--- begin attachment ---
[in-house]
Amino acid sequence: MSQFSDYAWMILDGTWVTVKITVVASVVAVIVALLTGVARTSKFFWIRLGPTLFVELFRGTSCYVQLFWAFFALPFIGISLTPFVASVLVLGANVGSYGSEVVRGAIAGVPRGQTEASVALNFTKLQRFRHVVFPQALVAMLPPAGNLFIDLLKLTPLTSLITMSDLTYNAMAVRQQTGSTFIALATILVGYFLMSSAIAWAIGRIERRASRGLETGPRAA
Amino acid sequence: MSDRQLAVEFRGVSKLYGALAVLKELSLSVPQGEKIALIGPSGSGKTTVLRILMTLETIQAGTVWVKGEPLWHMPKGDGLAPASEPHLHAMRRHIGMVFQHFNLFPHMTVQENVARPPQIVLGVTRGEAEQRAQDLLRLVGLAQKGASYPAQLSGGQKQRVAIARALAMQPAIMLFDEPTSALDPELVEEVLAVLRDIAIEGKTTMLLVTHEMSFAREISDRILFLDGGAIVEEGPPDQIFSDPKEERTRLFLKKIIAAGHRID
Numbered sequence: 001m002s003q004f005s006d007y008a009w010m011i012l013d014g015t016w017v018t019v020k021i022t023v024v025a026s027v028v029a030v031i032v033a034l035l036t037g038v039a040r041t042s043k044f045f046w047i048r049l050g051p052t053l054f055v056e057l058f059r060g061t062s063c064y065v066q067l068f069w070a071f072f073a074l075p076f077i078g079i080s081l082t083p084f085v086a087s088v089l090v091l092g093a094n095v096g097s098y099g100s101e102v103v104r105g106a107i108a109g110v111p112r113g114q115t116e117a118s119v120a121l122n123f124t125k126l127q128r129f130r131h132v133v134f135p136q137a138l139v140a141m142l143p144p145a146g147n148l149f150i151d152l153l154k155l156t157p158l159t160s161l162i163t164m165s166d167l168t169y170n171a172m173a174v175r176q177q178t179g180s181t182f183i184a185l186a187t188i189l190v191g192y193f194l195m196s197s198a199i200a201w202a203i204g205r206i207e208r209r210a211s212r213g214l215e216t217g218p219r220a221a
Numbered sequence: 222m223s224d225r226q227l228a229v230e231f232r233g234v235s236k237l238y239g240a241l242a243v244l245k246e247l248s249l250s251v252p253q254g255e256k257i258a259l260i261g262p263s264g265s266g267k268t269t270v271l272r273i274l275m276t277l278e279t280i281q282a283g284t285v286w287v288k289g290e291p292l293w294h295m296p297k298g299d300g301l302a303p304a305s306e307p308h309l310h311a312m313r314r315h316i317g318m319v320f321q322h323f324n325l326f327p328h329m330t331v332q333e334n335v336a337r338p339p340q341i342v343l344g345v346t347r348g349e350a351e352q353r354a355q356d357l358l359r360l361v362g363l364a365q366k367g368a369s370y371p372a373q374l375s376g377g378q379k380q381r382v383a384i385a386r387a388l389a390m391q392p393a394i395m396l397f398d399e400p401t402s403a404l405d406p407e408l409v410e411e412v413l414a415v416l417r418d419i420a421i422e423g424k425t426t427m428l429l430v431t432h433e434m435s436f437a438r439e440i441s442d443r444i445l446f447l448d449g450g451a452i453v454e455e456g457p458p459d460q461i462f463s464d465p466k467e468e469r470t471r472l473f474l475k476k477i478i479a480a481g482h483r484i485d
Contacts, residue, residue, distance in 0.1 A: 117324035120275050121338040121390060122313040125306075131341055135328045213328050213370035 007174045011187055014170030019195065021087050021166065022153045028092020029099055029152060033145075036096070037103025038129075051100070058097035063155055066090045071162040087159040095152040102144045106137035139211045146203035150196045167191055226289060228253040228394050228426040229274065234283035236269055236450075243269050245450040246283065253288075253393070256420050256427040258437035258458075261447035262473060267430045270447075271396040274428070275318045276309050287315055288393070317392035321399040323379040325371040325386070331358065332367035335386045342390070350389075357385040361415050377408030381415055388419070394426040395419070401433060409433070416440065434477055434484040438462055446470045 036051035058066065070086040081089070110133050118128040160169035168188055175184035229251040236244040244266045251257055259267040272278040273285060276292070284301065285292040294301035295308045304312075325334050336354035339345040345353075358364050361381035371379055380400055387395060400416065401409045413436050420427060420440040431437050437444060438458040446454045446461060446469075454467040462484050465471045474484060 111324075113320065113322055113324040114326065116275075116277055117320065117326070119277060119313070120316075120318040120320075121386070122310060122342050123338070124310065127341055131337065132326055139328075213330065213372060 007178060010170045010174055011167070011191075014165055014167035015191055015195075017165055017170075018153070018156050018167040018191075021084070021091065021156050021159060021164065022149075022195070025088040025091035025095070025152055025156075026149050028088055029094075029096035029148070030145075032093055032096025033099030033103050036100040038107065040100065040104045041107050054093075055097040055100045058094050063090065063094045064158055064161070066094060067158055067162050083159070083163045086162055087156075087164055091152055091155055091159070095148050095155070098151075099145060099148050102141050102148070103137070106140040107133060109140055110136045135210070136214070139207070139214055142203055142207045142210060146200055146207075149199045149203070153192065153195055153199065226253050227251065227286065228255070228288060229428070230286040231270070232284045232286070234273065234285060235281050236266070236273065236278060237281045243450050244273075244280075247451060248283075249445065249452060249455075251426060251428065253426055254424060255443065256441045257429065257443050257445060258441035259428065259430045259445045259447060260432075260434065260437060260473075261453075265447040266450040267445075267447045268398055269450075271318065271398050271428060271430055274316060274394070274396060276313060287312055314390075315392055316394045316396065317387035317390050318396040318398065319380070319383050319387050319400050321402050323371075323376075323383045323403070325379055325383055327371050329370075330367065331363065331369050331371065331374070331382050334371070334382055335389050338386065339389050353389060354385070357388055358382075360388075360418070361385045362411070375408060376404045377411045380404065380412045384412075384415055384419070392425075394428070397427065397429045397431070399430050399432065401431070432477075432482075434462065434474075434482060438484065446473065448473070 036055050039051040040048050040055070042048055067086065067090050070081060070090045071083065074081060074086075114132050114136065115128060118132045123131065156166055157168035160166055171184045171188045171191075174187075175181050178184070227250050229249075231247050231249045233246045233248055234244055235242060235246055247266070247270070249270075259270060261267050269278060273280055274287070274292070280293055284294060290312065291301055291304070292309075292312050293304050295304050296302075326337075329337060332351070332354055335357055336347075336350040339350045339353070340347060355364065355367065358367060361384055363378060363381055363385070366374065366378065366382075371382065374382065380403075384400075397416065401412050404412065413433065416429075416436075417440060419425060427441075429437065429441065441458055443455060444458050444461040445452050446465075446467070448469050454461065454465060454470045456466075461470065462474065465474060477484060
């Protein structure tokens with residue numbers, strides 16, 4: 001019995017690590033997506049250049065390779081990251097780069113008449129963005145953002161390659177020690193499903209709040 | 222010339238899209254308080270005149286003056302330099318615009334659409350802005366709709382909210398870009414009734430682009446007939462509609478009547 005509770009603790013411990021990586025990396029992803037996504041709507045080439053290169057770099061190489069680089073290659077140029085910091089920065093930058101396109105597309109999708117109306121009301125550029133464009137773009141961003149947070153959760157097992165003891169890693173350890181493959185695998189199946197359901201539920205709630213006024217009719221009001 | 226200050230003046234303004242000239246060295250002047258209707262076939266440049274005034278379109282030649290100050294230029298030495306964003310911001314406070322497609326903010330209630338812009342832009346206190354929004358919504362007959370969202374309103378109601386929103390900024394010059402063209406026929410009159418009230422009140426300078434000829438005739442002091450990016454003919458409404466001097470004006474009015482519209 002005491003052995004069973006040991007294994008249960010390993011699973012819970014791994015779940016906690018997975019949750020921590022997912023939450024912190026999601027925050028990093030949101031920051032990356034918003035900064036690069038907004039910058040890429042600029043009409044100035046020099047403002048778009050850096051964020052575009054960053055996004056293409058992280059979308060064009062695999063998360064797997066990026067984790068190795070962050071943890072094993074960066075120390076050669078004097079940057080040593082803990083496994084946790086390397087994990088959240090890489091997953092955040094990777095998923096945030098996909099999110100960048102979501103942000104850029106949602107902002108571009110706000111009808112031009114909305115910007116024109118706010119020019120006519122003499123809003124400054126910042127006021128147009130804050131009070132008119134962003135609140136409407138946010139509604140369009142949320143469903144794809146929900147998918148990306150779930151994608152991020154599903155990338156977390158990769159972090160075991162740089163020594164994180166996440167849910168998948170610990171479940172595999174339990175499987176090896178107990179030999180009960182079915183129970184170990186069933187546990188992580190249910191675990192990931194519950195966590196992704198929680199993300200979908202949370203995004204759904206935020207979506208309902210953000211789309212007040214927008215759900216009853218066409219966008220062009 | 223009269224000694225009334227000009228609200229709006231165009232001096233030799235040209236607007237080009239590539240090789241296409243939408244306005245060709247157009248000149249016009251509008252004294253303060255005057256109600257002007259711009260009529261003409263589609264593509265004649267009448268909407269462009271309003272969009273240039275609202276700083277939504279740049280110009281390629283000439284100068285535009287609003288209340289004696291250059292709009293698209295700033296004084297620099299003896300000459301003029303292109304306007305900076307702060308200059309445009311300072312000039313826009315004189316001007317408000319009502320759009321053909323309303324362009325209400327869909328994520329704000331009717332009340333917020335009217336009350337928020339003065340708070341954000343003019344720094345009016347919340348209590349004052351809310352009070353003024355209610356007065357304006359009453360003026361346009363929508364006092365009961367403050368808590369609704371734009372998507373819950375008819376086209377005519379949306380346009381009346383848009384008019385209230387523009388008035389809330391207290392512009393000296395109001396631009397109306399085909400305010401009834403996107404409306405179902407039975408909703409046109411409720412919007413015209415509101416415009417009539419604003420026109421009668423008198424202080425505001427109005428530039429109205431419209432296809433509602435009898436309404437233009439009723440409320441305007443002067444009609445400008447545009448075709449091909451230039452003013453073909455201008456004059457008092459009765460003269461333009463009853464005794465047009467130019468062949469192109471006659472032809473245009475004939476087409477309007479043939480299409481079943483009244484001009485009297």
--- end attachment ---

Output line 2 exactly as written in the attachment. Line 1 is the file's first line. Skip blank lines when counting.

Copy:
Amino acid sequence: MSQFSDYAWMILDGTWVTVKITVVASVVAVIVALLTGVARTSKFFWIRLGPTLFVELFRGTSCYVQLFWAFFALPFIGISLTPFVASVLVLGANVGSYGSEVVRGAIAGVPRGQTEASVALNFTKLQRFRHVVFPQALVAMLPPAGNLFIDLLKLTPLTSLITMSDLTYNAMAVRQQTGSTFIALATILVGYFLMSSAIAWAIGRIERRASRGLETGPRAA